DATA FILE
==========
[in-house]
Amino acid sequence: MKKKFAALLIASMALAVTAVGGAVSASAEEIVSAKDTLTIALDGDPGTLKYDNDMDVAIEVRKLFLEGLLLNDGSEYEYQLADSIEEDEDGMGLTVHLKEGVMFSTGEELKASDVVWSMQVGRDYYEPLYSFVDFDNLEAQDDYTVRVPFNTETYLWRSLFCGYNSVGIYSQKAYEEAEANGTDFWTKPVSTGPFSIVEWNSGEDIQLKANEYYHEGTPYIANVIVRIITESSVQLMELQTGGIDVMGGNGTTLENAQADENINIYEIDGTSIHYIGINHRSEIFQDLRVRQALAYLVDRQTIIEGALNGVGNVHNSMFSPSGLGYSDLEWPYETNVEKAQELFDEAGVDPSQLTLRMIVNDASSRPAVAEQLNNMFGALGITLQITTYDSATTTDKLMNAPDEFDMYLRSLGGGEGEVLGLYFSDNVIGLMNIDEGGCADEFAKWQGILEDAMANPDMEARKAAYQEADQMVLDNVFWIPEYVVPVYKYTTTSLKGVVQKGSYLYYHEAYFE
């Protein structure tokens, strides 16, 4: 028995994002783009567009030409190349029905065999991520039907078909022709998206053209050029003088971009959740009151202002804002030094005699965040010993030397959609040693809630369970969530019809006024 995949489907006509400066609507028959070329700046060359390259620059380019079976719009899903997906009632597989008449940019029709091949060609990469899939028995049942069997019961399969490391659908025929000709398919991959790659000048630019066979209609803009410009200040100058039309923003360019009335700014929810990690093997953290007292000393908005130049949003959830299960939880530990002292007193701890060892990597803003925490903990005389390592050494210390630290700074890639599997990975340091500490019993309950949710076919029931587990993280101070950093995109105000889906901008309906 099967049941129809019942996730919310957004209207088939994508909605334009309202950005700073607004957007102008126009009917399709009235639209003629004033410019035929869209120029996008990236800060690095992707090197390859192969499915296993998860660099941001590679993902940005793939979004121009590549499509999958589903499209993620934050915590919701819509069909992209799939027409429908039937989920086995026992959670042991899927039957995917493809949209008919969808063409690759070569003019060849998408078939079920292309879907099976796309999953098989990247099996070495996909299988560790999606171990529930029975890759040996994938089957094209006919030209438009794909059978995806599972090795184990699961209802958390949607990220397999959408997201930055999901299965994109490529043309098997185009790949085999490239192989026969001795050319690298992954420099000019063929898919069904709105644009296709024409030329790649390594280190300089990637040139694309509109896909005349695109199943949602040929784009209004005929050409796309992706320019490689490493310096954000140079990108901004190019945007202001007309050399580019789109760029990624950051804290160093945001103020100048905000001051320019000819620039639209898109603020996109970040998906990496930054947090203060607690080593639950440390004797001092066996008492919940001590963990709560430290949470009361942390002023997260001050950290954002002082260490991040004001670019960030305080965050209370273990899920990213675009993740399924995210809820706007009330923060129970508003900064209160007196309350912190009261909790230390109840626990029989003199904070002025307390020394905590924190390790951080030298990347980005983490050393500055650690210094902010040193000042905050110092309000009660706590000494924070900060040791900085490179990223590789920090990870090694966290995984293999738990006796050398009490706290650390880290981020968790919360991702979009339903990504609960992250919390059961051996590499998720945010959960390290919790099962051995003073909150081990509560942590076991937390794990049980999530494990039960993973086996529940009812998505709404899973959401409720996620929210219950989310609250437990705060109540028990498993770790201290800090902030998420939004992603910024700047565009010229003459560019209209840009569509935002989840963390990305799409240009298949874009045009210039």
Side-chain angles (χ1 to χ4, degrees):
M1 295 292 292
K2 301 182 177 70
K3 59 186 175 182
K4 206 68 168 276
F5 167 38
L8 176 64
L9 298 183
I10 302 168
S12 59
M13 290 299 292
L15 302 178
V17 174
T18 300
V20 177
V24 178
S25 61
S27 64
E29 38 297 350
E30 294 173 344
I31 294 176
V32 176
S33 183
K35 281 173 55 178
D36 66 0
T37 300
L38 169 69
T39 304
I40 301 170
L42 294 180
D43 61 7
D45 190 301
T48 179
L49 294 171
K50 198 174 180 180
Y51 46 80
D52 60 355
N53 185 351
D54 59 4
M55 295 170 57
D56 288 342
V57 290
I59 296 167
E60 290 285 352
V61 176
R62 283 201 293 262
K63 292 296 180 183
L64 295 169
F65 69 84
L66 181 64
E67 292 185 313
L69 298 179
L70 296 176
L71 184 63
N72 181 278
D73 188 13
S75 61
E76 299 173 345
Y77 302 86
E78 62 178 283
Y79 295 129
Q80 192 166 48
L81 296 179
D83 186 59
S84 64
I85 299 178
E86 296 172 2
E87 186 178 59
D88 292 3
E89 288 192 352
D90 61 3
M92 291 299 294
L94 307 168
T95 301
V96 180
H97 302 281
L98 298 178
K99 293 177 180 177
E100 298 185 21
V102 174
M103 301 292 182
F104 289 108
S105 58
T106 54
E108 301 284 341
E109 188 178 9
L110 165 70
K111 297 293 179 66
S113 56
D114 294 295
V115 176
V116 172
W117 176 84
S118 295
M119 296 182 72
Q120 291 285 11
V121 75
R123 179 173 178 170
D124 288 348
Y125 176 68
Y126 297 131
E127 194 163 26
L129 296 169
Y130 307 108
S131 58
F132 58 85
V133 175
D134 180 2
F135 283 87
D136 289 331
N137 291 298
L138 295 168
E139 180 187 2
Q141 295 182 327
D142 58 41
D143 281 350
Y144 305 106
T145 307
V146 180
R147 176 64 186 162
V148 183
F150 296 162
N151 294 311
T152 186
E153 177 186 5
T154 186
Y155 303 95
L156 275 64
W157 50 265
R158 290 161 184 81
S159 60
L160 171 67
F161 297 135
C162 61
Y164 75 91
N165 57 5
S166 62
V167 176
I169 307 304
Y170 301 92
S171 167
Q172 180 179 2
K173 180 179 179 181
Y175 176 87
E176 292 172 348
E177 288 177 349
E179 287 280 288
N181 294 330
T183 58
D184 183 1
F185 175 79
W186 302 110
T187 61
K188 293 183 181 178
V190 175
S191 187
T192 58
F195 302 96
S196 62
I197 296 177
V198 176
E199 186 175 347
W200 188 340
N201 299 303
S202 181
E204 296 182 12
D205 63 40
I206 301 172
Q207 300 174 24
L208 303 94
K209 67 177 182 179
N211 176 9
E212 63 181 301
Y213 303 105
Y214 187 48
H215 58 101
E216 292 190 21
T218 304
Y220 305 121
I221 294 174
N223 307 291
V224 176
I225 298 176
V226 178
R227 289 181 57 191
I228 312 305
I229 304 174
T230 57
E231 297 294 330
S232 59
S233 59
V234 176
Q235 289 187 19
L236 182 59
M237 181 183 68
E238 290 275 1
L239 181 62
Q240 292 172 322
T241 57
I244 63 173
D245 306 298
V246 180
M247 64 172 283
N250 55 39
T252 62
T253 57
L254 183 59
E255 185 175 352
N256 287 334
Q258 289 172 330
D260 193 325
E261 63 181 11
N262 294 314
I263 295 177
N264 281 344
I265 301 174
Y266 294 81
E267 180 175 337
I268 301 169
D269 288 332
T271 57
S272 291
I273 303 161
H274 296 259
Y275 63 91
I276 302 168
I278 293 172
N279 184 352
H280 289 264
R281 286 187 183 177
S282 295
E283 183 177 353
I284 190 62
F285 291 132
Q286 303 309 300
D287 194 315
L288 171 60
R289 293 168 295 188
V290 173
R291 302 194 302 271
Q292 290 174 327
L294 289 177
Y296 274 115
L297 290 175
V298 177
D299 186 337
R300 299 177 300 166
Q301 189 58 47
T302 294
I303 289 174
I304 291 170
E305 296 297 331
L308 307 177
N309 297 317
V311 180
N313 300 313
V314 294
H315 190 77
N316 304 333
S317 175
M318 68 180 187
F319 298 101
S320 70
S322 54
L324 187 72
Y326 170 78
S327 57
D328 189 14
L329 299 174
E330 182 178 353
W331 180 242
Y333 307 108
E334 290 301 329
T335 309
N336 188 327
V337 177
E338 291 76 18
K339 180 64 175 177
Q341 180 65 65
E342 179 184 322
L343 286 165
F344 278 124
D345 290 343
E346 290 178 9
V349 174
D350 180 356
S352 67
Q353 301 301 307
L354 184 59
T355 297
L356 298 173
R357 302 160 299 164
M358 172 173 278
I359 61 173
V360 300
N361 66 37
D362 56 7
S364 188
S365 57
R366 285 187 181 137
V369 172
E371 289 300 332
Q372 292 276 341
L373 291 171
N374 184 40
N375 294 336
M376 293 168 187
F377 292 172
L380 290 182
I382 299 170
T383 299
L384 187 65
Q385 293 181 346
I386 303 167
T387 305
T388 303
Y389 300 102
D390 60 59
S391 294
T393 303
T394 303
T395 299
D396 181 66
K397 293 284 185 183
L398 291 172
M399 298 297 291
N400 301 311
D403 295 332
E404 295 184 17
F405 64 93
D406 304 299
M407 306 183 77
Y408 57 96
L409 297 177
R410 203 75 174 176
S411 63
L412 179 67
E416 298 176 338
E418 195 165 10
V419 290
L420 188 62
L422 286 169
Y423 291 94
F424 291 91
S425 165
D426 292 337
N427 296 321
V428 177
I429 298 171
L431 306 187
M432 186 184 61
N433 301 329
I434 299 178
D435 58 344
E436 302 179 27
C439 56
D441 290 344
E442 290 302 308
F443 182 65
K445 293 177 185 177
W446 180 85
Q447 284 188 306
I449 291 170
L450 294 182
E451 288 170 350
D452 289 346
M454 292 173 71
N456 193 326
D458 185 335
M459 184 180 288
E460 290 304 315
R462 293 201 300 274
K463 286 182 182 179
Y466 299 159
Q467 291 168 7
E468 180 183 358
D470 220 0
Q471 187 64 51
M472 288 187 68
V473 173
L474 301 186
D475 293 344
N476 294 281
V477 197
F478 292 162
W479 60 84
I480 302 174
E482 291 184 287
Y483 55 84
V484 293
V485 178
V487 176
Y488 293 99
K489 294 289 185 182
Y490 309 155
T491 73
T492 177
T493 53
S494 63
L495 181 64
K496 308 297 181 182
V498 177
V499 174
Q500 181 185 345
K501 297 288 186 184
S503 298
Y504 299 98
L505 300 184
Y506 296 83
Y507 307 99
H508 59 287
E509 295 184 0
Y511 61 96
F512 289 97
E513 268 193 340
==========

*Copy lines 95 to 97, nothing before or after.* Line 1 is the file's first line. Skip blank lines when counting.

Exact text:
V116 172
W117 176 84
S118 295